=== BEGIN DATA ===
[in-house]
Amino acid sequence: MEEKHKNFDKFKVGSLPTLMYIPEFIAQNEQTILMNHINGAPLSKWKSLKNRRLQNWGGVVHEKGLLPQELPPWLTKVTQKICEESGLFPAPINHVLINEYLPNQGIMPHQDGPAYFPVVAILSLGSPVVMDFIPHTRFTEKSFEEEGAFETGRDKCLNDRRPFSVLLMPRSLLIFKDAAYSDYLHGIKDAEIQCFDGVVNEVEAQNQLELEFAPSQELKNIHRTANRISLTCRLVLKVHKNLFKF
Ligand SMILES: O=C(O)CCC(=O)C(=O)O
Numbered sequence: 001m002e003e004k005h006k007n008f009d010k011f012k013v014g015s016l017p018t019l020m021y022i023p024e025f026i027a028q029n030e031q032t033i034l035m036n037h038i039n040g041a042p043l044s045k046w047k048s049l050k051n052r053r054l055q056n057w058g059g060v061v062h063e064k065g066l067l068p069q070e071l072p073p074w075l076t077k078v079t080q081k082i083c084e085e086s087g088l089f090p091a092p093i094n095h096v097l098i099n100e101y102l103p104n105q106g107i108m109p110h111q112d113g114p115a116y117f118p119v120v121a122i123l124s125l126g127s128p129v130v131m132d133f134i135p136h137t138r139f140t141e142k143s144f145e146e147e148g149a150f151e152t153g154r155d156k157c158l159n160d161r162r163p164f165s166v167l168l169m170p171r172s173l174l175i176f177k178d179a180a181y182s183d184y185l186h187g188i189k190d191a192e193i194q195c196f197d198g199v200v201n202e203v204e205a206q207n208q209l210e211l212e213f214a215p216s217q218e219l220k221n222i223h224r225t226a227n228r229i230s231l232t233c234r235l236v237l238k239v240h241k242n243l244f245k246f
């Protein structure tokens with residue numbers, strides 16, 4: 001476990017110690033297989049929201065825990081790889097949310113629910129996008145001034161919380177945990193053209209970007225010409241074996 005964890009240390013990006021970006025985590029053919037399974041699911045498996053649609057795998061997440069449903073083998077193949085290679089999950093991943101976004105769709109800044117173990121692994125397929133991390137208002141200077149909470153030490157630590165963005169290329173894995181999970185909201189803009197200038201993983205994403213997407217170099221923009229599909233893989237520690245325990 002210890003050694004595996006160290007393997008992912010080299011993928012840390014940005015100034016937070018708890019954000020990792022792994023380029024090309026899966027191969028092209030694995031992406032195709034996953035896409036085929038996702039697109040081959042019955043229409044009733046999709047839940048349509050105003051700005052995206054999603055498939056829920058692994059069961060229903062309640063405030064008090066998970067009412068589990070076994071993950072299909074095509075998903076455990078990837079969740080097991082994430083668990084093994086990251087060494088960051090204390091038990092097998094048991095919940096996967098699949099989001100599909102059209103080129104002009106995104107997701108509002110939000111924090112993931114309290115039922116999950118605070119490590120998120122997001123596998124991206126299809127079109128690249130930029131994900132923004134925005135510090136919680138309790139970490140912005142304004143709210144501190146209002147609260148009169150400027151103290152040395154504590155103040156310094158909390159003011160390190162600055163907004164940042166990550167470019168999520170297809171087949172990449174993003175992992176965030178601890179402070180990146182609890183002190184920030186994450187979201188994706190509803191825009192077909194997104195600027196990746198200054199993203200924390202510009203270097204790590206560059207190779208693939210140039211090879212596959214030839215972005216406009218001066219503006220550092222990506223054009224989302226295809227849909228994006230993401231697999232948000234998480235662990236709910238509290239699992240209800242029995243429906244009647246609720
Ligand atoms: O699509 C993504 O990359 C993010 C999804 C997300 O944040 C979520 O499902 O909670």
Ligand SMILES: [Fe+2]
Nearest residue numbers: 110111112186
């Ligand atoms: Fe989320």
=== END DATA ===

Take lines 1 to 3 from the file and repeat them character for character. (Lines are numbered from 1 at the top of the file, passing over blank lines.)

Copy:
[in-house]
Amino acid sequence: MEEKHKNFDKFKVGSLPTLMYIPEFIAQNEQTILMNHINGAPLSKWKSLKNRRLQNWGGVVHEKGLLPQELPPWLTKVTQKICEESGLFPAPINHVLINEYLPNQGIMPHQDGPAYFPVVAILSLGSPVVMDFIPHTRFTEKSFEEEGAFETGRDKCLNDRRPFSVLLMPRSLLIFKDAAYSDYLHGIKDAEIQCFDGVVNEVEAQNQLELEFAPSQELKNIHRTANRISLTCRLVLKVHKNLFKF
Ligand SMILES: O=C(O)CCC(=O)C(=O)O